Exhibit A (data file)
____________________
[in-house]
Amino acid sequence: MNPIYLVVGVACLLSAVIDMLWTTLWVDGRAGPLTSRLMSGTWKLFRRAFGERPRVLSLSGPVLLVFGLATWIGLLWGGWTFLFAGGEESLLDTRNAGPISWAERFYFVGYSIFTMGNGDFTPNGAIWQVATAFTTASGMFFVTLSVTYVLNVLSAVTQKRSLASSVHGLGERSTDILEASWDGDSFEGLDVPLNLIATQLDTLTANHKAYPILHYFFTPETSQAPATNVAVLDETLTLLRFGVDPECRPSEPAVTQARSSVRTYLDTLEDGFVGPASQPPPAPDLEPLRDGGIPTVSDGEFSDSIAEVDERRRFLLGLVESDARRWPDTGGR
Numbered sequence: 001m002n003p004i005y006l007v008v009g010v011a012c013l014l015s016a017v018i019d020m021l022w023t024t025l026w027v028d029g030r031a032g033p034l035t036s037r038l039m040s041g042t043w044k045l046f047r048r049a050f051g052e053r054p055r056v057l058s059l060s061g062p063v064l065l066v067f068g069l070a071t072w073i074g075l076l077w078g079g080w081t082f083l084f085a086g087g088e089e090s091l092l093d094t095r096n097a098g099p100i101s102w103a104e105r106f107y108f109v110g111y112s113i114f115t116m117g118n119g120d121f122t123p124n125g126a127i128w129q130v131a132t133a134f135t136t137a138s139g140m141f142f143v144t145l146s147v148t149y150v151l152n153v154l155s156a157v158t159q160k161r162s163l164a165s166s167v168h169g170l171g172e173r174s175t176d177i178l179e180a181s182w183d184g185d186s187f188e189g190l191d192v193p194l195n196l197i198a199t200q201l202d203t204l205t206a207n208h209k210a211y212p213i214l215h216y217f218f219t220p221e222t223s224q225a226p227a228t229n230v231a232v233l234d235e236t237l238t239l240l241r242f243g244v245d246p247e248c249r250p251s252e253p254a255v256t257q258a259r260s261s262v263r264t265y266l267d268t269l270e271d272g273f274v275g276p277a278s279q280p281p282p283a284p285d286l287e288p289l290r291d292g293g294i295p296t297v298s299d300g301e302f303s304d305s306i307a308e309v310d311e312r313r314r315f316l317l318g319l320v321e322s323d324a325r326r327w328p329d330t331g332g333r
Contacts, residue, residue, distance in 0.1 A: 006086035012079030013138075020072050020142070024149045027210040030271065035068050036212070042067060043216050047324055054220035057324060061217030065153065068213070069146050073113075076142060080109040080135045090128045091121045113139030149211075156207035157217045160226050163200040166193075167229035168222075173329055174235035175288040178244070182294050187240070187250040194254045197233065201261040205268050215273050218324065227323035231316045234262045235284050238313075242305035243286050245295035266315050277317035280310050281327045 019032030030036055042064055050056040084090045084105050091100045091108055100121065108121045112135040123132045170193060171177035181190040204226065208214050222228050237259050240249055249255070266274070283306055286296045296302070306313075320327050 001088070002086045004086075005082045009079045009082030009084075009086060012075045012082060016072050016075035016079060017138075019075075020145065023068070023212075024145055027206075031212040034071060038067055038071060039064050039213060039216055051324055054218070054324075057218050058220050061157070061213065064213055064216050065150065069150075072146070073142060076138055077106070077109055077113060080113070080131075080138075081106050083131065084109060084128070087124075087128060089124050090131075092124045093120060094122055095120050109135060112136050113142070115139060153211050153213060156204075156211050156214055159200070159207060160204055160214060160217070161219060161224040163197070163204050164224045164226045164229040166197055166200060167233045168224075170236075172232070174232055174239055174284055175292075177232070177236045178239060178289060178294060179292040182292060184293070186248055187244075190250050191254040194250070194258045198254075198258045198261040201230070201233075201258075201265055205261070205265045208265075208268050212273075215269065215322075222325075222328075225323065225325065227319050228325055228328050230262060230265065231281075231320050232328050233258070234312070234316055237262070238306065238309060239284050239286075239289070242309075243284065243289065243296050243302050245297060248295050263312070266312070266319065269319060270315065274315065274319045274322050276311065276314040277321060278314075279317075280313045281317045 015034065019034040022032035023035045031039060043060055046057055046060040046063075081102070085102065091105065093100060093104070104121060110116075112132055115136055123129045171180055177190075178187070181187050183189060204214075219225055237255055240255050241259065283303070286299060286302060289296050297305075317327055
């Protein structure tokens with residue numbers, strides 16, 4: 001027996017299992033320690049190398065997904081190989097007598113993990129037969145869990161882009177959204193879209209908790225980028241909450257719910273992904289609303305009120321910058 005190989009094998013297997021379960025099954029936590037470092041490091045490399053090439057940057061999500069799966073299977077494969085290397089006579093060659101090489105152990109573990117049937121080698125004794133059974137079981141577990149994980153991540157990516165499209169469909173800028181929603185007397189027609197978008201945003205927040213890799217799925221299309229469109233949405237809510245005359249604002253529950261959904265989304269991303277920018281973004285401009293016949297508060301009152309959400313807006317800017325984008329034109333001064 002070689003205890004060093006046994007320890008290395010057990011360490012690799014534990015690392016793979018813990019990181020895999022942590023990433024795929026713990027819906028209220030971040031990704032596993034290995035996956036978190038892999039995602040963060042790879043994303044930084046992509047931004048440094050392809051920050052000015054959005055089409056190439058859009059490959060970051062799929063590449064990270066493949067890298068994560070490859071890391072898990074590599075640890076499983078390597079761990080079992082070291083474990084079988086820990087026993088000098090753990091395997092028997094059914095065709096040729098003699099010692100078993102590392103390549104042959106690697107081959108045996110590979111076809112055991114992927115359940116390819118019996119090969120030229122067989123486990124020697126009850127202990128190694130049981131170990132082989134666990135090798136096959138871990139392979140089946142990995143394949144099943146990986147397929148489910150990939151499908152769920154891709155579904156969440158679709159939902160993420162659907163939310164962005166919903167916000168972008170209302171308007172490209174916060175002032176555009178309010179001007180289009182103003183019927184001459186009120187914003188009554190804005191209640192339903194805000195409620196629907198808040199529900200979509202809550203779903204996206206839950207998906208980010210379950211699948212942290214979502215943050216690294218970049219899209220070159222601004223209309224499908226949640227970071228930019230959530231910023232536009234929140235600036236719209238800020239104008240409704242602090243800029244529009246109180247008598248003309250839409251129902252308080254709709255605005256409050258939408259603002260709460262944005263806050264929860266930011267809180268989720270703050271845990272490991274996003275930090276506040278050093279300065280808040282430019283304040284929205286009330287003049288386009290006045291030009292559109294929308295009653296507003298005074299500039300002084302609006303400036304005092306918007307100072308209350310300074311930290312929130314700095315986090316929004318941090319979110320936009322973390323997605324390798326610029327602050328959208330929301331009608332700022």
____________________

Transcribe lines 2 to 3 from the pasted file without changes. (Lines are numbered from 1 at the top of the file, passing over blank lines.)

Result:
Amino acid sequence: MNPIYLVVGVACLLSAVIDMLWTTLWVDGRAGPLTSRLMSGTWKLFRRAFGERPRVLSLSGPVLLVFGLATWIGLLWGGWTFLFAGGEESLLDTRNAGPISWAERFYFVGYSIFTMGNGDFTPNGAIWQVATAFTTASGMFFVTLSVTYVLNVLSAVTQKRSLASSVHGLGERSTDILEASWDGDSFEGLDVPLNLIATQLDTLTANHKAYPILHYFFTPETSQAPATNVAVLDETLTLLRFGVDPECRPSEPAVTQARSSVRTYLDTLEDGFVGPASQPPPAPDLEPLRDGGIPTVSDGEFSDSIAEVDERRRFLLGLVESDARRWPDTGGR
Numbered sequence: 001m002n003p004i005y006l007v008v009g010v011a012c013l014l015s016a017v018i019d020m021l022w023t024t025l026w027v028d029g030r031a032g033p034l035t036s037r038l039m040s041g042t043w044k045l046f047r048r049a050f051g052e053r054p055r056v057l058s059l060s061g062p063v064l065l066v067f068g069l070a071t072w073i074g075l076l077w078g079g080w081t082f083l084f085a086g087g088e089e090s091l092l093d094t095r096n097a098g099p100i101s102w103a104e105r106f107y108f109v110g111y112s113i114f115t116m117g118n119g120d121f122t123p124n125g126a127i128w129q130v131a132t133a134f135t136t137a138s139g140m141f142f143v144t145l146s147v148t149y150v151l152n153v154l155s156a157v158t159q160k161r162s163l164a165s166s167v168h169g170l171g172e173r174s175t176d177i178l179e180a181s182w183d184g185d186s187f188e189g190l191d192v193p194l195n196l197i198a199t200q201l202d203t204l205t206a207n208h209k210a211y212p213i214l215h216y217f218f219t220p221e222t223s224q225a226p227a228t229n230v231a232v233l234d235e236t237l238t239l240l241r242f243g244v245d246p247e248c249r250p251s252e253p254a255v256t257q258a259r260s261s262v263r264t265y266l267d268t269l270e271d272g273f274v275g276p277a278s279q280p281p282p283a284p285d286l287e288p289l290r291d292g293g294i295p296t297v298s299d300g301e302f303s304d305s306i307a308e309v310d311e312r313r314r315f316l317l318g319l320v321e322s323d324a325r326r327w328p329d330t331g332g333r